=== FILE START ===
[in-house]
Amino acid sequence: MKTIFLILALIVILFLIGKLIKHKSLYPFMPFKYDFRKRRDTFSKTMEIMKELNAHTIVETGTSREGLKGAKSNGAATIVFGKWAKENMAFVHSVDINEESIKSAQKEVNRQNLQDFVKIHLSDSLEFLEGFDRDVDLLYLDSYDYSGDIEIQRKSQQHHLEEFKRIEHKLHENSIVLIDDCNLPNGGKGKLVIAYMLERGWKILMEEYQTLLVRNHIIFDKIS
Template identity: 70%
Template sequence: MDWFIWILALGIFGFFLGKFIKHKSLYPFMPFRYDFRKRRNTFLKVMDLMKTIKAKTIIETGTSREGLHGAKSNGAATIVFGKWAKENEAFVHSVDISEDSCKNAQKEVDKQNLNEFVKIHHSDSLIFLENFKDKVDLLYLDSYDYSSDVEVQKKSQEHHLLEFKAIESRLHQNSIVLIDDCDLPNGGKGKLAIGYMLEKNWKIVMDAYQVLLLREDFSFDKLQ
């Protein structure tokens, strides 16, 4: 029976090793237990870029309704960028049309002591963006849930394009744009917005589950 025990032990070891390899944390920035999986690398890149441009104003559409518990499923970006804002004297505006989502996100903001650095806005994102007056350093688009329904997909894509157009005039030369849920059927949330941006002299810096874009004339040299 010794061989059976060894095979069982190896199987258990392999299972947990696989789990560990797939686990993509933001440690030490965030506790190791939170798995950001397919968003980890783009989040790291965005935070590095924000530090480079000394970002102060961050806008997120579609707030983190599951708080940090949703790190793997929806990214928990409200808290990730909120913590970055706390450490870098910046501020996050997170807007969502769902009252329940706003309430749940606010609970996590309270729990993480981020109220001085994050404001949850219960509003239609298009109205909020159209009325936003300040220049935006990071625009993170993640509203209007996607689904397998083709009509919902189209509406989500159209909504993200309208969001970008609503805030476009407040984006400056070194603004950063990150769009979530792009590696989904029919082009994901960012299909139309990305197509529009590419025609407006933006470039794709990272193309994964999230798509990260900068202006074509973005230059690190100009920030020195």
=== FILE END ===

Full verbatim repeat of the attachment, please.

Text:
[in-house]
Amino acid sequence: MKTIFLILALIVILFLIGKLIKHKSLYPFMPFKYDFRKRRDTFSKTMEIMKELNAHTIVETGTSREGLKGAKSNGAATIVFGKWAKENMAFVHSVDINEESIKSAQKEVNRQNLQDFVKIHLSDSLEFLEGFDRDVDLLYLDSYDYSGDIEIQRKSQQHHLEEFKRIEHKLHENSIVLIDDCNLPNGGKGKLVIAYMLERGWKILMEEYQTLLVRNHIIFDKIS
Template identity: 70%
Template sequence: MDWFIWILALGIFGFFLGKFIKHKSLYPFMPFRYDFRKRRNTFLKVMDLMKTIKAKTIIETGTSREGLHGAKSNGAATIVFGKWAKENEAFVHSVDISEDSCKNAQKEVDKQNLNEFVKIHHSDSLIFLENFKDKVDLLYLDSYDYSSDVEVQKKSQEHHLLEFKAIESRLHQNSIVLIDDCDLPNGGKGKLAIGYMLEKNWKIVMDAYQVLLLREDFSFDKLQ
């Protein structure tokens, strides 16, 4: 029976090793237990870029309704960028049309002591963006849930394009744009917005589950 025990032990070891390899944390920035999986690398890149441009104003559409518990499923970006804002004297505006989502996100903001650095806005994102007056350093688009329904997909894509157009005039030369849920059927949330941006002299810096874009004339040299 010794061989059976060894095979069982190896199987258990392999299972947990696989789990560990797939686990993509933001440690030490965030506790190791939170798995950001397919968003980890783009989040790291965005935070590095924000530090480079000394970002102060961050806008997120579609707030983190599951708080940090949703790190793997929806990214928990409200808290990730909120913590970055706390450490870098910046501020996050997170807007969502769902009252329940706003309430749940606010609970996590309270729990993480981020109220001085994050404001949850219960509003239609298009109205909020159209009325936003300040220049935006990071625009993170993640509203209007996607689904397998083709009509919902189209509406989500159209909504993200309208969001970008609503805030476009407040984006400056070194603004950063990150769009979530792009590696989904029919082009994901960012299909139309990305197509529009590419025609407006933006470039794709990272193309994964999230798509990260900068202006074509973005230059690190100009920030020195």